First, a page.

When an artist or inventor creates something truly original, we tend to envision it as a thunderbolt, a flash of genius striking from above. Imagine Picasso painting La Demoiselles D’Avignon, the first Cubist work, with its startling multiple angles and unprecedented gorgeous weirdness. How did that happen?
That’s one of the questions that Time magazine’s special issue The Science of Creativity, edited by my friend (and Gotham student!) Richard Jerome, tries to answer. It’s a fascinating read, full of insights into how and why humans make art, tell stories, and invent things. Continue reading “On Creativity”
Recently I opened an essay by a student, started reading, and my heart sank. Not because the writer’s story was poorly written (it was gorgeous), or because the subject was difficult. No. It was because the student opened with a three-page apology for daring to write their story at all. Continue reading “Your Story”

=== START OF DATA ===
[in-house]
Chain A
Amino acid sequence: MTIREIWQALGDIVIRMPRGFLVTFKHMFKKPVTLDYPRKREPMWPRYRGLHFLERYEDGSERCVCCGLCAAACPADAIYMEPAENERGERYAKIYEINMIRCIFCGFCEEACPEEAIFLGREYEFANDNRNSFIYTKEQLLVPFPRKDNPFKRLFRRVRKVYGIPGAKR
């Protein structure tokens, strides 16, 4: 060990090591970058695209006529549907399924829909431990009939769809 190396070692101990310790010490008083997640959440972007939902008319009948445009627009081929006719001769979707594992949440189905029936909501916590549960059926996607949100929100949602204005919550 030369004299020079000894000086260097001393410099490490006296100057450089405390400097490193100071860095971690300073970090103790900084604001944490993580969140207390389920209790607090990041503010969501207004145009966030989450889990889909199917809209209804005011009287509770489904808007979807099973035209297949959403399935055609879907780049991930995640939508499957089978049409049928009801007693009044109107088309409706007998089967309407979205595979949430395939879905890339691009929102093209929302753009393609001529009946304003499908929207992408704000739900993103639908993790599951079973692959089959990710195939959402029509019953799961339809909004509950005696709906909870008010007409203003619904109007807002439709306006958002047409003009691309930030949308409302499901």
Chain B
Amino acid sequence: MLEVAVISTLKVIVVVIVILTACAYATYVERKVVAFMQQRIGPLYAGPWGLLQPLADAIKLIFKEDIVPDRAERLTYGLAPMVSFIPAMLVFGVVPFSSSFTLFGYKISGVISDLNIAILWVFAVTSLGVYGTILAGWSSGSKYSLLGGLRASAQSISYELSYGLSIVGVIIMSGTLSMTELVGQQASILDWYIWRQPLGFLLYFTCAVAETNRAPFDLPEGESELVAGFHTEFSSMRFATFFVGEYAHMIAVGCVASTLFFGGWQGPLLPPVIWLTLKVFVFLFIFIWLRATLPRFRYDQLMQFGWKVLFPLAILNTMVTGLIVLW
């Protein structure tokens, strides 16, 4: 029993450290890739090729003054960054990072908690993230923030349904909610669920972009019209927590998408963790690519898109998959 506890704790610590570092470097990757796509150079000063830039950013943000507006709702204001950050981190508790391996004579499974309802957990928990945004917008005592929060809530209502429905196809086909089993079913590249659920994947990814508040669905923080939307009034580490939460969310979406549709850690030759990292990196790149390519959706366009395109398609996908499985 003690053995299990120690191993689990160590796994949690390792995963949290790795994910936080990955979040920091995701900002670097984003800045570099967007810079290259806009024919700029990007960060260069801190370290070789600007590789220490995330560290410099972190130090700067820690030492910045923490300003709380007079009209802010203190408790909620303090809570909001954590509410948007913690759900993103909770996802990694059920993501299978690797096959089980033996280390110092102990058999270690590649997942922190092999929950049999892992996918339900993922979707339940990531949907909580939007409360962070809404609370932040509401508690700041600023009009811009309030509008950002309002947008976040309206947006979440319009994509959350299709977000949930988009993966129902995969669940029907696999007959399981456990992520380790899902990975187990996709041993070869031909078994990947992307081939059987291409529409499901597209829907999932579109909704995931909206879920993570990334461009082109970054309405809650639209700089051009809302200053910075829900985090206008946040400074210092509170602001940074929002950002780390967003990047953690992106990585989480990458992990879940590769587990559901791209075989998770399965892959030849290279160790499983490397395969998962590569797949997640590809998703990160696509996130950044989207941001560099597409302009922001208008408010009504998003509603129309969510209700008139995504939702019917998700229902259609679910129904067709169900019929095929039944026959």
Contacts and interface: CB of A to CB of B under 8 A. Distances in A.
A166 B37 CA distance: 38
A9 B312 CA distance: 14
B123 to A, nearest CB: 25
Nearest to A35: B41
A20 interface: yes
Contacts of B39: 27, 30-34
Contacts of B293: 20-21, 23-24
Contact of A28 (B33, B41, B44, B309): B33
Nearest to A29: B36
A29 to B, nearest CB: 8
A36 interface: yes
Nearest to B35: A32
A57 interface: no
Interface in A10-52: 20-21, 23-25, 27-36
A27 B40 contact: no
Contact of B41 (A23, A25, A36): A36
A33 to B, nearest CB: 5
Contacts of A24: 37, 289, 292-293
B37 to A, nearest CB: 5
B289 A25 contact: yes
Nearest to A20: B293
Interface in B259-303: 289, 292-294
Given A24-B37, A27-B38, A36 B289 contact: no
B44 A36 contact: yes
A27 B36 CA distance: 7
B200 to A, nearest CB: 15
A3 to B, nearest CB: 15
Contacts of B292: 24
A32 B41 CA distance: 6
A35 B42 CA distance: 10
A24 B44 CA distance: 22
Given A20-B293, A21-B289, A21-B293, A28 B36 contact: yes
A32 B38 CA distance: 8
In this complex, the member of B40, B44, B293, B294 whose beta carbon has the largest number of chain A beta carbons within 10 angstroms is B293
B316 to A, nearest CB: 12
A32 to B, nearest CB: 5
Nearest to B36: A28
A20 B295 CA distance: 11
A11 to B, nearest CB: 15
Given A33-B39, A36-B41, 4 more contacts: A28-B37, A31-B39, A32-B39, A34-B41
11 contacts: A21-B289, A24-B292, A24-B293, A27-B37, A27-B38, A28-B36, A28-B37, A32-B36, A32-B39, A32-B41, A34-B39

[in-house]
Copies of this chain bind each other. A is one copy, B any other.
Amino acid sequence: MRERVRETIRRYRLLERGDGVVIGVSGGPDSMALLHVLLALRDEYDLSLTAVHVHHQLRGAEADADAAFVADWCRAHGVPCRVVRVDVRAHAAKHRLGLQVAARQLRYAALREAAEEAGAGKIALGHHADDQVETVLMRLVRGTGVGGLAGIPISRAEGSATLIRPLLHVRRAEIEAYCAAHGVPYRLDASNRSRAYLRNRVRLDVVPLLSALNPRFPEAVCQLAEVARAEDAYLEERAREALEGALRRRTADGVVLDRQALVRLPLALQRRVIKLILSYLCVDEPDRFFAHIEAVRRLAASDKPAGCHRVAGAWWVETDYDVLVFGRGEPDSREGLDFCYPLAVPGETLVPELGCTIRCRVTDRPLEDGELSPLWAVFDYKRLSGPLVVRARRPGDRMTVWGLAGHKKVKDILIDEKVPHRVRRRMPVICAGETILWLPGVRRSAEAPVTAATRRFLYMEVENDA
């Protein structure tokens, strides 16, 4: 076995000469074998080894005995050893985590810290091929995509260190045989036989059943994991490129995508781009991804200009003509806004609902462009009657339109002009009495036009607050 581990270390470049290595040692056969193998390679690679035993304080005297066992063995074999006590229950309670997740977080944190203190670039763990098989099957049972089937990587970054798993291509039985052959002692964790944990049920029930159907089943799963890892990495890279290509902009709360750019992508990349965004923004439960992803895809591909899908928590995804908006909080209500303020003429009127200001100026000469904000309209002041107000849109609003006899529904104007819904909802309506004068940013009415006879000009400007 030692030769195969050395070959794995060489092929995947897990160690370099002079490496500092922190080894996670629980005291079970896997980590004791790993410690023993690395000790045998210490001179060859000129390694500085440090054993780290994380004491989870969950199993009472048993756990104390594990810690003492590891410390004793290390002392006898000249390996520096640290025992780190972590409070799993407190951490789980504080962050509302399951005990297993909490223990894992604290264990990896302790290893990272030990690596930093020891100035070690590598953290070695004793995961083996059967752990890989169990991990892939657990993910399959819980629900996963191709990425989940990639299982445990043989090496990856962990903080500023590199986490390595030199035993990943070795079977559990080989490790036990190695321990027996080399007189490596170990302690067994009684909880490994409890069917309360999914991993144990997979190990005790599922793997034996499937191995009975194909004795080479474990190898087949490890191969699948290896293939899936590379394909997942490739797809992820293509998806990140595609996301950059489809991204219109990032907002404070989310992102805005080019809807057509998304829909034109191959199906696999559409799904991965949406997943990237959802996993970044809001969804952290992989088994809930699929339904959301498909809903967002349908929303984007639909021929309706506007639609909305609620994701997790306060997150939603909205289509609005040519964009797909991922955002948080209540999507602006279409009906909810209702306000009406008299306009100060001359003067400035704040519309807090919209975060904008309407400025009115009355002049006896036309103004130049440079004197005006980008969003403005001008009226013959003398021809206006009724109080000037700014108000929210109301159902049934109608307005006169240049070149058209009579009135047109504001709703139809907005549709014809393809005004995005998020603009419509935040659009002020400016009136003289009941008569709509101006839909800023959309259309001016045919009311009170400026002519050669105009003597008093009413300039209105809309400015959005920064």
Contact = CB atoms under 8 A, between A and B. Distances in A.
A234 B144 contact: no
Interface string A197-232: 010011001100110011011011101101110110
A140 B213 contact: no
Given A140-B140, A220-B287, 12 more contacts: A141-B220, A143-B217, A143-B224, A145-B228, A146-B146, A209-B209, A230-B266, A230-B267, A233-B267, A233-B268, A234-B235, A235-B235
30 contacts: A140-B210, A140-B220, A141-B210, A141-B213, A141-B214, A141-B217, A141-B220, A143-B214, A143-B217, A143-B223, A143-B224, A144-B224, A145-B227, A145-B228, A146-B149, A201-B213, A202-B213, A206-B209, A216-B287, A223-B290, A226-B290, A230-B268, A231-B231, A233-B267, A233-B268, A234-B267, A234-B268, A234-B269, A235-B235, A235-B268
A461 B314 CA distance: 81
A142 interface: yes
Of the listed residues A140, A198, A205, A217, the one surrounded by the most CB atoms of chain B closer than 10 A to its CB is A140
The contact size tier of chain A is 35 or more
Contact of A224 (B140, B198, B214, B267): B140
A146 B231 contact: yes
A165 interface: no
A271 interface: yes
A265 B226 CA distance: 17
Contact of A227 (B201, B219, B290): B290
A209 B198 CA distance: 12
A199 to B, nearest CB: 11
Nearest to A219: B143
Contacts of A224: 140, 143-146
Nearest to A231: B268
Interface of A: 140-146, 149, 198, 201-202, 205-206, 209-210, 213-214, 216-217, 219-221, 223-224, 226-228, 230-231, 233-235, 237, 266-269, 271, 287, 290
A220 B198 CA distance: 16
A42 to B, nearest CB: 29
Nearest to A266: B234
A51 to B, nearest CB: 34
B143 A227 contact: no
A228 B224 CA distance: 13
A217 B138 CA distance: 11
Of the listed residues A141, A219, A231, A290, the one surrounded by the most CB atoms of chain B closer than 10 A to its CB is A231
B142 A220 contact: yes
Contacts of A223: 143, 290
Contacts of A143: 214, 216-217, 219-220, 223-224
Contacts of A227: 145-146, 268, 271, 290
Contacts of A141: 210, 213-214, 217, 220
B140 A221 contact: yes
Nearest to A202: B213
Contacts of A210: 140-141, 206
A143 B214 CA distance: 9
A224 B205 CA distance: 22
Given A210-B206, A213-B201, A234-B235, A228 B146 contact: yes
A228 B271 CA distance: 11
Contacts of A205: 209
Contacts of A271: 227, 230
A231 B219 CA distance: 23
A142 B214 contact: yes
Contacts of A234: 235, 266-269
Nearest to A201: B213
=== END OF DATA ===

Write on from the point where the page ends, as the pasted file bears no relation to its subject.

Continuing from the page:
Awhile back, I wrote a very short essay that was mostly about wintertime and my mother, but also included a scientific reference. When it was about to be published, I felt it necessary to confirm that science with sources from Cal Tech, Space.com, and NASA.
What was the highly technical data I was checking so obsessively? That Earth’s orbit around the sun is elliptical. Continue reading “Writing About Science”